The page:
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Economics of visceral energy metabolism in ruminants: toll keeping or internal revenue service?

Reynolds, C. K. (2002) Economics of visceral energy metabolism in ruminants: toll keeping or internal revenue service? Journal of Animal Science, 80. E74-E84. ISSN 0021-8812

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To link to this item DOI: 10.2527/animalsci2002.80E-Suppl_2E74x


Measurements across a range of productive states show that the portal-drained viscera and liver, or the total splanchnic tissues, account for 40 to 50% of body oxygen consumption or heat. This high rate of metabolism is in part attributable to high rates of protein turnover and thus, AA utilization, as well as other “service” functions supporting nutrient assimilation and “waste management.” This metabolic intensity and the anatomic position of absorptive and liver tissues have led to the assumption that the tissues that assimilate and process incoming nutrients from the diet exact a toll in payment for their entry. This “toll” is believed to reduce the extent to which absorbed nutrients gain admission to the arterial blood pool and reach “productive” organs such as the mammary gland or skeletal muscle. Measurements of net nutrient flux generally support this concept of splanchnic metabolism “restricting entry” and, thus, dictating supply. On a net basis the appearance of the major carbon-based nutrients absorbed into the portal vein is typically low compared to their rate of disappearance from the gut lumen. An alternative interpretation is that this low net recovery of absorbed nutrients across splanchnic tissues is attributable to extensive metabolism of nutrients from the arterial pool, which masks true rates of absorption. In this scenario, any tax to support community services is paid using internal funds. Measurements of nutrient kinetics, based on isotopic labeling, support the latter scenario. In the case of the liver, catabolism of AA is driven in part by supply and demand, with overpopulation dealt with by deportation, restructuring, or the metabolic equivalent of cremation. Similarly, relative rates of AA metabolism by the gut and mammary gland vary with requirement. Metabolism of many energy-yielding nutrients varies with supply, demand, and the need for community services such as waste management.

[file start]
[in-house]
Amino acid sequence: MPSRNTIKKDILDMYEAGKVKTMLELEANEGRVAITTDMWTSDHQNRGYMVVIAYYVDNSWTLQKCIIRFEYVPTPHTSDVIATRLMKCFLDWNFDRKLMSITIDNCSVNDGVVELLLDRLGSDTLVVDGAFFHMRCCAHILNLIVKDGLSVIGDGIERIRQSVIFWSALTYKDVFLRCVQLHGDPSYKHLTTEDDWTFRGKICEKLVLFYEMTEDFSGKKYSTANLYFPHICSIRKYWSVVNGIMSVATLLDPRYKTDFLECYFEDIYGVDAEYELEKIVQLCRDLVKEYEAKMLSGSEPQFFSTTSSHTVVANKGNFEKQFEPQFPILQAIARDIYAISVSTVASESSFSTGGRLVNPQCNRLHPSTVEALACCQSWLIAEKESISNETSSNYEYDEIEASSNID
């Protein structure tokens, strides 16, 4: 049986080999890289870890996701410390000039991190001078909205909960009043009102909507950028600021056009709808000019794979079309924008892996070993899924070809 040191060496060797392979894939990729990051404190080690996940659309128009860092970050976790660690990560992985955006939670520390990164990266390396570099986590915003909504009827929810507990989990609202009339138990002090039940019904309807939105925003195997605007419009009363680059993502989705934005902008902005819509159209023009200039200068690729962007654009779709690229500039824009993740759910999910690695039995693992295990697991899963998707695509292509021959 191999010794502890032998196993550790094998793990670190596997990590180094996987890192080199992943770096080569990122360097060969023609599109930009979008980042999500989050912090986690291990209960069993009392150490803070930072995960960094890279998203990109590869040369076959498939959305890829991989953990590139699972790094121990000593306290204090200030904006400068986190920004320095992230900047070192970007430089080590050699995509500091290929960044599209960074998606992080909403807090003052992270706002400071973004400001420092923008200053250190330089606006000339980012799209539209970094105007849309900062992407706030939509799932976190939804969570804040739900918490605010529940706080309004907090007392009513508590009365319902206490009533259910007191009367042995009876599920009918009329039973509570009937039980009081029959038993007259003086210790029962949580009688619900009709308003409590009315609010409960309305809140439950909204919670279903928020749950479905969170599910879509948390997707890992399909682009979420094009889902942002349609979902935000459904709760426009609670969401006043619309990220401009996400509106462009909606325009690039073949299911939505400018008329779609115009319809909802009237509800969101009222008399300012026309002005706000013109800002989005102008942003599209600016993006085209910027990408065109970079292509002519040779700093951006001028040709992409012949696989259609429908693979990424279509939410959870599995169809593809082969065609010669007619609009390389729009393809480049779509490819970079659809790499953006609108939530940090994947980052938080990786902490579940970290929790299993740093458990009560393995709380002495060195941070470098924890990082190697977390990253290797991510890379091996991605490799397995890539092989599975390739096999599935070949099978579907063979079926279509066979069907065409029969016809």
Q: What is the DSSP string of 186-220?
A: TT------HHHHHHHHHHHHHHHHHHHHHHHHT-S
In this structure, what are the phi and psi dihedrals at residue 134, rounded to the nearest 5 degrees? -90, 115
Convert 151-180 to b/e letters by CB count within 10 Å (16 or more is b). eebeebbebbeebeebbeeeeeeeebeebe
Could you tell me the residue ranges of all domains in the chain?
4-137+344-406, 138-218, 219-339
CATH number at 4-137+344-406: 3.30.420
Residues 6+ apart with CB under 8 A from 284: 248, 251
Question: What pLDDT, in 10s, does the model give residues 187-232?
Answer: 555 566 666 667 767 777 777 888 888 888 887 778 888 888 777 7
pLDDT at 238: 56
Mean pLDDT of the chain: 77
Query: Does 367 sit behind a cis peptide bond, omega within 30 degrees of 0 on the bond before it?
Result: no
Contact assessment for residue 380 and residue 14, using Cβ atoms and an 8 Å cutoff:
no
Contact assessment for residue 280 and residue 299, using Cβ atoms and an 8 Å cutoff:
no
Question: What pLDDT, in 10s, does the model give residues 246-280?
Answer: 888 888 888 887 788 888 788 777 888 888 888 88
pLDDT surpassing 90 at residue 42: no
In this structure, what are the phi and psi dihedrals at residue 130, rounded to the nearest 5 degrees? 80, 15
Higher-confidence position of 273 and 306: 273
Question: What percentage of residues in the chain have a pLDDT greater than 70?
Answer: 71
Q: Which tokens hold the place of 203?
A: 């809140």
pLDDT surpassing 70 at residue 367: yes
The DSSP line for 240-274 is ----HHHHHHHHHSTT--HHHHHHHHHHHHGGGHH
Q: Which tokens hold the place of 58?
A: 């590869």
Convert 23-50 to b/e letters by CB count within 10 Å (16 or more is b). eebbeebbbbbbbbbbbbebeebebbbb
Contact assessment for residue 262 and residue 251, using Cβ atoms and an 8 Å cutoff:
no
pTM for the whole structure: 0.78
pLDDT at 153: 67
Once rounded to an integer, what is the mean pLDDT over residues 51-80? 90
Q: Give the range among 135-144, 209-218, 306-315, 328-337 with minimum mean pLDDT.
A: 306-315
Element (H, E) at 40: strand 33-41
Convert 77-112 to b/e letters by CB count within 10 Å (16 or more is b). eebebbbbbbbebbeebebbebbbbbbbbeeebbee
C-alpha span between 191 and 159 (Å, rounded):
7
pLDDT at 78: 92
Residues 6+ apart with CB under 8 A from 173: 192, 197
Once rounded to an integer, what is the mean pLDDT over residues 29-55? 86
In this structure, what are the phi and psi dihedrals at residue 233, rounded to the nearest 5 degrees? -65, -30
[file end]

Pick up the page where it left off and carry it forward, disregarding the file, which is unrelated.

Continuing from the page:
Item Type:Article
Divisions:Life Sciences > School of Agriculture, Policy and Development > Department of Animal Sciences > Animal, Dairy and Food Chain Sciences (ADFCS)- DO NOT USE
ID Code:90822
Uncontrolled Keywords:Splanchnic Metabolism, Energy, Amino Acids
Publisher:Oxford Academic

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